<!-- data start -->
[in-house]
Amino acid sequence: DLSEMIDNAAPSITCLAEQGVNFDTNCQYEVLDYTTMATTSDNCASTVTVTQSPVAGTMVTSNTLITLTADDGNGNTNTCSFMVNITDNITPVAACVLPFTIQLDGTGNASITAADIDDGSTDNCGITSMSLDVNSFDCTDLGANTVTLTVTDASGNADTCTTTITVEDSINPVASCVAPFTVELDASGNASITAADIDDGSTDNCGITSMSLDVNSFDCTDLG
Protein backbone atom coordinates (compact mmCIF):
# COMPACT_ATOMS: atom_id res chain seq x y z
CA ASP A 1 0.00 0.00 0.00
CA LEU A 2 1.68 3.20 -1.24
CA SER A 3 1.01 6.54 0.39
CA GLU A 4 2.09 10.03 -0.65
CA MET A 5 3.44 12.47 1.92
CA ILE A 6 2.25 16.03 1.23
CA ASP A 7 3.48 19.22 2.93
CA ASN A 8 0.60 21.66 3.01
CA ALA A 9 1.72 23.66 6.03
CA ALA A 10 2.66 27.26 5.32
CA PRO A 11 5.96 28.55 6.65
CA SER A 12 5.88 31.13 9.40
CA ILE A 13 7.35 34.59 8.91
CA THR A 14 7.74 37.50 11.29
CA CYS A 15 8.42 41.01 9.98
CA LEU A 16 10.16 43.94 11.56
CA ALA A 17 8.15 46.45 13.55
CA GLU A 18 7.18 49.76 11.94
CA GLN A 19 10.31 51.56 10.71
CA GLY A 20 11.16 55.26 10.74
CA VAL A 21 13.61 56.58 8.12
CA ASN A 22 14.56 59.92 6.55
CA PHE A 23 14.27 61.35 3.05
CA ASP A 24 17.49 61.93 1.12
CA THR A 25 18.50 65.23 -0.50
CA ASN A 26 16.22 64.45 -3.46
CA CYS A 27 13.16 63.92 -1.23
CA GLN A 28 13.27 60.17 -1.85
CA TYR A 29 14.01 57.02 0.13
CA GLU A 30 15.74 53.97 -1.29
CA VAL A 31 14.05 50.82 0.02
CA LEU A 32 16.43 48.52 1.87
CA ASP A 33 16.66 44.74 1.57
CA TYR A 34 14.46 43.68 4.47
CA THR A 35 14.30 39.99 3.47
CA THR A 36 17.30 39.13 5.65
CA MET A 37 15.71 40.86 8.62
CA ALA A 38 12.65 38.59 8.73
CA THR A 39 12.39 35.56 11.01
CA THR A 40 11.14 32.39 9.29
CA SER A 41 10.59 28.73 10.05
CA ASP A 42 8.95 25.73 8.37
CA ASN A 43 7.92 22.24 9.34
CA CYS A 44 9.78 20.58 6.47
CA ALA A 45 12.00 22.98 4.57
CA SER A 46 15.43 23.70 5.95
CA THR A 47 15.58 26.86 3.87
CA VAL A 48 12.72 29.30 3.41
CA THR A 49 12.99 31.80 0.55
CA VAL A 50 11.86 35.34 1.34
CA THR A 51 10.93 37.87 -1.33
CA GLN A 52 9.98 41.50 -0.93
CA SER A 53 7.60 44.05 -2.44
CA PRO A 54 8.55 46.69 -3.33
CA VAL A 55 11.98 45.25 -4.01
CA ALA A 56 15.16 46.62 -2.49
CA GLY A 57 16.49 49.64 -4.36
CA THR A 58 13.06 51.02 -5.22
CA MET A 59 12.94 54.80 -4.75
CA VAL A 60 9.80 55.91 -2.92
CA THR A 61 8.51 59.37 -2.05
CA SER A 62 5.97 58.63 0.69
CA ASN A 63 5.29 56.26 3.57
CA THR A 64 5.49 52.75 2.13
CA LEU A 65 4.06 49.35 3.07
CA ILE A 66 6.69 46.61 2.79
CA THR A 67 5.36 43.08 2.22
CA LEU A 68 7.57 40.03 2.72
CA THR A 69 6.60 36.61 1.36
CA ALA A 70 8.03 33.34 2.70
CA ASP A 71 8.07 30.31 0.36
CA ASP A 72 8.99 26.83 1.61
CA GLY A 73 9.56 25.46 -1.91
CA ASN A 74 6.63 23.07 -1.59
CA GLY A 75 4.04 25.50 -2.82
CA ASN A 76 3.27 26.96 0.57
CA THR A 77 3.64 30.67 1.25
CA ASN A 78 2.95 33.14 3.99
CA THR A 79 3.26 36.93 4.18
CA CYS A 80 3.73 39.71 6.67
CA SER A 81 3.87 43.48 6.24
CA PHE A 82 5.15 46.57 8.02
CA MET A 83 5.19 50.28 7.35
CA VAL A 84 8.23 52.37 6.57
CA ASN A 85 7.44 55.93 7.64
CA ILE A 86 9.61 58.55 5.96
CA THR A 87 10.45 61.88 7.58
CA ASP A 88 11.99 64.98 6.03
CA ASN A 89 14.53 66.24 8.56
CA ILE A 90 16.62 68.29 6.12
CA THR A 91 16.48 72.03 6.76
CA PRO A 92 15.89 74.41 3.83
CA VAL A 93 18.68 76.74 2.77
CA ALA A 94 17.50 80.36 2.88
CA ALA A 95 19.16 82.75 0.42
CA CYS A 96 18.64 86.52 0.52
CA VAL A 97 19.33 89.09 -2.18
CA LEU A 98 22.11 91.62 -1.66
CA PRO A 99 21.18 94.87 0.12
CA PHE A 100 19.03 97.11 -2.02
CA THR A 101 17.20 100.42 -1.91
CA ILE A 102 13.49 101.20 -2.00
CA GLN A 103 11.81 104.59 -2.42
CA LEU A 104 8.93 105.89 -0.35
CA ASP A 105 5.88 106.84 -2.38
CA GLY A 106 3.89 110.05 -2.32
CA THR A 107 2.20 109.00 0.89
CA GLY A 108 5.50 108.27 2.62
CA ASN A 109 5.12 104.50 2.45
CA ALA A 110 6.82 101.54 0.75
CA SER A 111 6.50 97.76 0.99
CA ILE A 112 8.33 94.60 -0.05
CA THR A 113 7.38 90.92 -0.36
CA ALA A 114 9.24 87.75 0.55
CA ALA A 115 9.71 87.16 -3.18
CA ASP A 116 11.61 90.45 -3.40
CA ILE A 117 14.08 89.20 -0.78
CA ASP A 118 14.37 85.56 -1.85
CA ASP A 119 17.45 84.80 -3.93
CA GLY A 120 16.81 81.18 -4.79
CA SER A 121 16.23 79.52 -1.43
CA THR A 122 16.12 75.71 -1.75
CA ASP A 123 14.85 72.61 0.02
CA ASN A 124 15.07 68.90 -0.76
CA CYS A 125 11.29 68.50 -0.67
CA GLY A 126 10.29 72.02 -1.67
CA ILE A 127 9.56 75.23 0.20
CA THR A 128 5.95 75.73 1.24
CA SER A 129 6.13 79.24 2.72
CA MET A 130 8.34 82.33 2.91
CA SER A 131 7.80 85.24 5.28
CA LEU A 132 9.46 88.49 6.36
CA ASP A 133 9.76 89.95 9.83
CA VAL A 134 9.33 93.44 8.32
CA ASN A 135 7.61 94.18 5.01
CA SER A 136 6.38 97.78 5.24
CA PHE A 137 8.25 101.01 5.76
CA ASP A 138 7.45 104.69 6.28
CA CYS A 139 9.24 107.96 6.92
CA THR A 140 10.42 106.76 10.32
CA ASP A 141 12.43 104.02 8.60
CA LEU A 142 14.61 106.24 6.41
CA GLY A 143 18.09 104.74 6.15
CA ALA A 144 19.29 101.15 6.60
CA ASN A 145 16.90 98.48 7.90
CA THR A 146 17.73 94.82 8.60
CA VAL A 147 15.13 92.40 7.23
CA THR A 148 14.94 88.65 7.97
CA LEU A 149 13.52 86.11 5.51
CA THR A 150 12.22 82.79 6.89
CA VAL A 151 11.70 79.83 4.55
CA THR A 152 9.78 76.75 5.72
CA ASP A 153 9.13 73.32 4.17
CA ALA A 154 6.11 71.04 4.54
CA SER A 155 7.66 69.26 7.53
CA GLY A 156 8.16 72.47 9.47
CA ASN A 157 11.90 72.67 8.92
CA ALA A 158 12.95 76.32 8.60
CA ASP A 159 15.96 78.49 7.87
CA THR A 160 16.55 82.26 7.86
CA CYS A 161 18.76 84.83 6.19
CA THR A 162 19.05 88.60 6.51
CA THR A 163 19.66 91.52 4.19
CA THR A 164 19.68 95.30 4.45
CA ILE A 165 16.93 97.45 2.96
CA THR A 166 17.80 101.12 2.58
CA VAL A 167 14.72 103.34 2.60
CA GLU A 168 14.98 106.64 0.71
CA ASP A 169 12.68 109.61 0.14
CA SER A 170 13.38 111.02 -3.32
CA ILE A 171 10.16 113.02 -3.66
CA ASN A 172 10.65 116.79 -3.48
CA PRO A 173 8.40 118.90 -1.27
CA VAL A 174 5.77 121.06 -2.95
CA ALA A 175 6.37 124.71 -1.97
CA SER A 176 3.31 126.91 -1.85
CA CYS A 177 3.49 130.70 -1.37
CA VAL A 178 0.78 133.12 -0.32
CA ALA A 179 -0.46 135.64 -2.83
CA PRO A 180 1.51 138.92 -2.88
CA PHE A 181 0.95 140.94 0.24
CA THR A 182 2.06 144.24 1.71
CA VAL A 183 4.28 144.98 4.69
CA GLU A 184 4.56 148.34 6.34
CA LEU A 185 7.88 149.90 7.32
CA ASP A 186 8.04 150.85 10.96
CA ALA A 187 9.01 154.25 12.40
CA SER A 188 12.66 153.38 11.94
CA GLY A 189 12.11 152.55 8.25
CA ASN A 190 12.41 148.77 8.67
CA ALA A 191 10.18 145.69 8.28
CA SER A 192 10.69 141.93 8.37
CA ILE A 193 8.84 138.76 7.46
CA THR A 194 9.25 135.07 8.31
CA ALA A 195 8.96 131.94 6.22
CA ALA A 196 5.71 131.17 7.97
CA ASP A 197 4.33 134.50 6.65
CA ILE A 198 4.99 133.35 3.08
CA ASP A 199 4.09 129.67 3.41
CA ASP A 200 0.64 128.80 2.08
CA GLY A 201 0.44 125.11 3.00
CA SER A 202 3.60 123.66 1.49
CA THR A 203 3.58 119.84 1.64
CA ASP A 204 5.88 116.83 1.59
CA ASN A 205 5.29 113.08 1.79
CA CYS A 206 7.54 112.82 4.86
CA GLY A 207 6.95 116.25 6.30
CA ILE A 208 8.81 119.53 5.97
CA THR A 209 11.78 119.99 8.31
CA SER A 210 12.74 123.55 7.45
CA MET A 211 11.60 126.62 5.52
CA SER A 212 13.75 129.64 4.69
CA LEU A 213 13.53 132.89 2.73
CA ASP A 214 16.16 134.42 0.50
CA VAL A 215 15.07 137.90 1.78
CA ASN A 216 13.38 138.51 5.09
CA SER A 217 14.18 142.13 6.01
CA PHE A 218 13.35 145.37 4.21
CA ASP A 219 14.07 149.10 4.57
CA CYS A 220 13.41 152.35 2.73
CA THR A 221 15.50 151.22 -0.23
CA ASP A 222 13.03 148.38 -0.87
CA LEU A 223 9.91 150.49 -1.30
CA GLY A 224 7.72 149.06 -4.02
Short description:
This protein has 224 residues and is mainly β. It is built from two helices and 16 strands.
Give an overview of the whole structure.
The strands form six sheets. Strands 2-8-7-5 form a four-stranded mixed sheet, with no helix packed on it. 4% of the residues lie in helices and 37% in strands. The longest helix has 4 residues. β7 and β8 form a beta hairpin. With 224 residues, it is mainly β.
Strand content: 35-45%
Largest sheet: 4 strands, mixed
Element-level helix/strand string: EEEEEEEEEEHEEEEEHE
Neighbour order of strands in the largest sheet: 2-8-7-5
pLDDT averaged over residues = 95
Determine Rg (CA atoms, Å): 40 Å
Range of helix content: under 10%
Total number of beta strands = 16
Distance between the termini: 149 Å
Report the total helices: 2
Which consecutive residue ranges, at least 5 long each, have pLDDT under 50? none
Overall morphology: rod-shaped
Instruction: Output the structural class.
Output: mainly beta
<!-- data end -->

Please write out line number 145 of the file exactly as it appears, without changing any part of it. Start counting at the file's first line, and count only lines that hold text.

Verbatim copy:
CA ASP A 141 12.43 104.02 8.60